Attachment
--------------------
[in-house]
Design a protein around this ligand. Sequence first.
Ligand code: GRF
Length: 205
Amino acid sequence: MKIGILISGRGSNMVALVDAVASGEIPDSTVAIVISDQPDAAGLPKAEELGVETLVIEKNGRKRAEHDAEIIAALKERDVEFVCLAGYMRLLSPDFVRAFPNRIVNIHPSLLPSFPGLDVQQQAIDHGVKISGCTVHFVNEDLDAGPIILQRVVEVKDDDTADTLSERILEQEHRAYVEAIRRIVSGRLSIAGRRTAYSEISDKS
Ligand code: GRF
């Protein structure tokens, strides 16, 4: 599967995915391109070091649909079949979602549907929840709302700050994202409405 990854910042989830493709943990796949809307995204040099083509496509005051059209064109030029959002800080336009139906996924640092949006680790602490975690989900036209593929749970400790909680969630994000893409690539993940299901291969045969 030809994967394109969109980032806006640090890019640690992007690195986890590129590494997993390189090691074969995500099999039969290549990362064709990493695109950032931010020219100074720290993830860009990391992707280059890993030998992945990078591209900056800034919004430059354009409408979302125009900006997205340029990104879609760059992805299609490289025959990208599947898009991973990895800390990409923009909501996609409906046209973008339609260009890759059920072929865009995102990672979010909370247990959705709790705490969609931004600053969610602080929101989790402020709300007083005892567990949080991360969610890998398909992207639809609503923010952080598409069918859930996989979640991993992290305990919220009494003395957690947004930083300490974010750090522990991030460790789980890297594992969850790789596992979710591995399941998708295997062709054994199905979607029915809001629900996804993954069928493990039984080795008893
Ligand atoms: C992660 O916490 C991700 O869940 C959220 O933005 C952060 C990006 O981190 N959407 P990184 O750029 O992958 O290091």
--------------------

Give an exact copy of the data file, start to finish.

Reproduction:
[in-house]
Design a protein around this ligand. Sequence first.
Ligand code: GRF
Length: 205
Amino acid sequence: MKIGILISGRGSNMVALVDAVASGEIPDSTVAIVISDQPDAAGLPKAEELGVETLVIEKNGRKRAEHDAEIIAALKERDVEFVCLAGYMRLLSPDFVRAFPNRIVNIHPSLLPSFPGLDVQQQAIDHGVKISGCTVHFVNEDLDAGPIILQRVVEVKDDDTADTLSERILEQEHRAYVEAIRRIVSGRLSIAGRRTAYSEISDKS
Ligand code: GRF
């Protein structure tokens, strides 16, 4: 599967995915391109070091649909079949979602549907929840709302700050994202409405 990854910042989830493709943990796949809307995204040099083509496509005051059209064109030029959002800080336009139906996924640092949006680790602490975690989900036209593929749970400790909680969630994000893409690539993940299901291969045969 030809994967394109969109980032806006640090890019640690992007690195986890590129590494997993390189090691074969995500099999039969290549990362064709990493695109950032931010020219100074720290993830860009990391992707280059890993030998992945990078591209900056800034919004430059354009409408979302125009900006997205340029990104879609760059992805299609490289025959990208599947898009991973990895800390990409923009909501996609409906046209973008339609260009890759059920072929865009995102990672979010909370247990959705709790705490969609931004600053969610602080929101989790402020709300007083005892567990949080991360969610890998398909992207639809609503923010952080598409069918859930996989979640991993992290305990919220009494003395957690947004930083300490974010750090522990991030460790789980890297594992969850790789596992979710591995399941998708295997062709054994199905979607029915809001629900996804993954069928493990039984080795008893
Ligand atoms: C992660 O916490 C991700 O869940 C959220 O933005 C952060 C990006 O981190 N959407 P990184 O750029 O992958 O290091």